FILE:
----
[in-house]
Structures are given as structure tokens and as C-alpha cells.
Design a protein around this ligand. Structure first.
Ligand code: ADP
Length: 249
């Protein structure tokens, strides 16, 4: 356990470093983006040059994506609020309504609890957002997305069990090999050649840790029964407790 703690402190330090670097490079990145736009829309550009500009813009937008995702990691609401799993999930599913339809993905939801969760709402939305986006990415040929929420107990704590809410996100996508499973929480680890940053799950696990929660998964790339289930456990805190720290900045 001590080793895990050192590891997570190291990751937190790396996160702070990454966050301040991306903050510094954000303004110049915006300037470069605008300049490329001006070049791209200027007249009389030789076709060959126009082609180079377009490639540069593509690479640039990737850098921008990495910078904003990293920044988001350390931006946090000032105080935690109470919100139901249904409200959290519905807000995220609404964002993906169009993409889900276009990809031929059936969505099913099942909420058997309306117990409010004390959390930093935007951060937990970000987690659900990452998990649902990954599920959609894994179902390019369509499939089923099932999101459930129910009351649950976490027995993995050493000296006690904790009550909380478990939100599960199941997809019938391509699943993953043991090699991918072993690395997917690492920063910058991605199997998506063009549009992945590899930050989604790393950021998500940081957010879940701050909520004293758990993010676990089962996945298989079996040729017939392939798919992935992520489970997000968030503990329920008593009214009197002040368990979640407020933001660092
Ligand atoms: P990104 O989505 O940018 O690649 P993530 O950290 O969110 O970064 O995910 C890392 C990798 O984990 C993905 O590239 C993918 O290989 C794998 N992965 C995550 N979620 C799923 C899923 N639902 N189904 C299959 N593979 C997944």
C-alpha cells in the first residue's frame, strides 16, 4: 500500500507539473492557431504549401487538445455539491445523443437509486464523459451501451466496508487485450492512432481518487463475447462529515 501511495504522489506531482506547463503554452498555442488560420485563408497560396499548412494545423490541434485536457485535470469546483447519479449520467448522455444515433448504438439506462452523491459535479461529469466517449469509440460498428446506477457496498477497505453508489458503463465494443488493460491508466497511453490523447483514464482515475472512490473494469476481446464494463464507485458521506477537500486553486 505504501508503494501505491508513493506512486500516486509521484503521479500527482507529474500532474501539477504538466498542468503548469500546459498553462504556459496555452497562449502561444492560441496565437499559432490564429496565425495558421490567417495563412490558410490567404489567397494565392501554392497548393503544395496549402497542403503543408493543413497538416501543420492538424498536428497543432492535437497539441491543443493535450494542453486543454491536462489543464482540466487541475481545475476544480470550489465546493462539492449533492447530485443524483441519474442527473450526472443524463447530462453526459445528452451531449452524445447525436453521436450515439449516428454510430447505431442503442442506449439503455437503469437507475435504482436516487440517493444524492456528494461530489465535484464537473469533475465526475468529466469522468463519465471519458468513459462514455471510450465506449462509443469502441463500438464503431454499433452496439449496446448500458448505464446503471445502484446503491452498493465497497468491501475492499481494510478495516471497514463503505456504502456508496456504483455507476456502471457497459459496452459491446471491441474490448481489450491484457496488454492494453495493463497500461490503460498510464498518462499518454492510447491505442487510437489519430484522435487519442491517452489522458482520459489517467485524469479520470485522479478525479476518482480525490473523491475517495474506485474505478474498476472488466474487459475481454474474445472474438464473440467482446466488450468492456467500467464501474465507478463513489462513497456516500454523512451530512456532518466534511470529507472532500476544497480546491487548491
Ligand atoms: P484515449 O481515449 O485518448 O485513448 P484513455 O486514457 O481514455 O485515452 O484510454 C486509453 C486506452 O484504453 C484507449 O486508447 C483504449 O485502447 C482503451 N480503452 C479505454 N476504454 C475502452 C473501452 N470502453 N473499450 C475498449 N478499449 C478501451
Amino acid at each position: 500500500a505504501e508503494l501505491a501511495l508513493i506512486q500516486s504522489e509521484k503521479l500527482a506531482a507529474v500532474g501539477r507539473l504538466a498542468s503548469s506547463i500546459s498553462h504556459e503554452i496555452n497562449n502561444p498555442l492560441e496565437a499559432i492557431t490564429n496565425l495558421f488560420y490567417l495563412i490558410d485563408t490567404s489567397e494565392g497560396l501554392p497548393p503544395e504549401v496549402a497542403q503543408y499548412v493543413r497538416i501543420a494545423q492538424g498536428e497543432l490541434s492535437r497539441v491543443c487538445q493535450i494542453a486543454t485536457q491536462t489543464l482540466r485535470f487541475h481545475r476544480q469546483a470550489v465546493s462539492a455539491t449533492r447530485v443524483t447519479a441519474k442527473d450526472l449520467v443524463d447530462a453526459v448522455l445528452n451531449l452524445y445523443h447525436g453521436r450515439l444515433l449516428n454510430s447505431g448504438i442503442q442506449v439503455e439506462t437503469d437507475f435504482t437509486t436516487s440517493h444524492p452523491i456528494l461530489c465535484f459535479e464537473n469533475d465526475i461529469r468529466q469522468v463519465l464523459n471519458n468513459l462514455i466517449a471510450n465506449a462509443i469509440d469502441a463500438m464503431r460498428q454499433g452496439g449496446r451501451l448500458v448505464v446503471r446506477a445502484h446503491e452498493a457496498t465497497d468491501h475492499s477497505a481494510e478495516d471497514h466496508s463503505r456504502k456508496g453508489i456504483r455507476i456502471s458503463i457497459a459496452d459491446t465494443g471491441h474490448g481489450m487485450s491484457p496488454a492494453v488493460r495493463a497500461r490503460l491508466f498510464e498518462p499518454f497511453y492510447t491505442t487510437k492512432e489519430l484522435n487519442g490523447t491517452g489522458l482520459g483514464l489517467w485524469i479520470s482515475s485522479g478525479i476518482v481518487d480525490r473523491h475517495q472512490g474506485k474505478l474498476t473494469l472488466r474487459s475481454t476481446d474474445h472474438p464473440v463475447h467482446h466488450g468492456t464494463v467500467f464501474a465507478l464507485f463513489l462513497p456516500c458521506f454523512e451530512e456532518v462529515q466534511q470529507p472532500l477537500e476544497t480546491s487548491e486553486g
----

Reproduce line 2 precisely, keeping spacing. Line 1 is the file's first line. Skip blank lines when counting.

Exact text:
Structures are given as structure tokens and as C-alpha cells.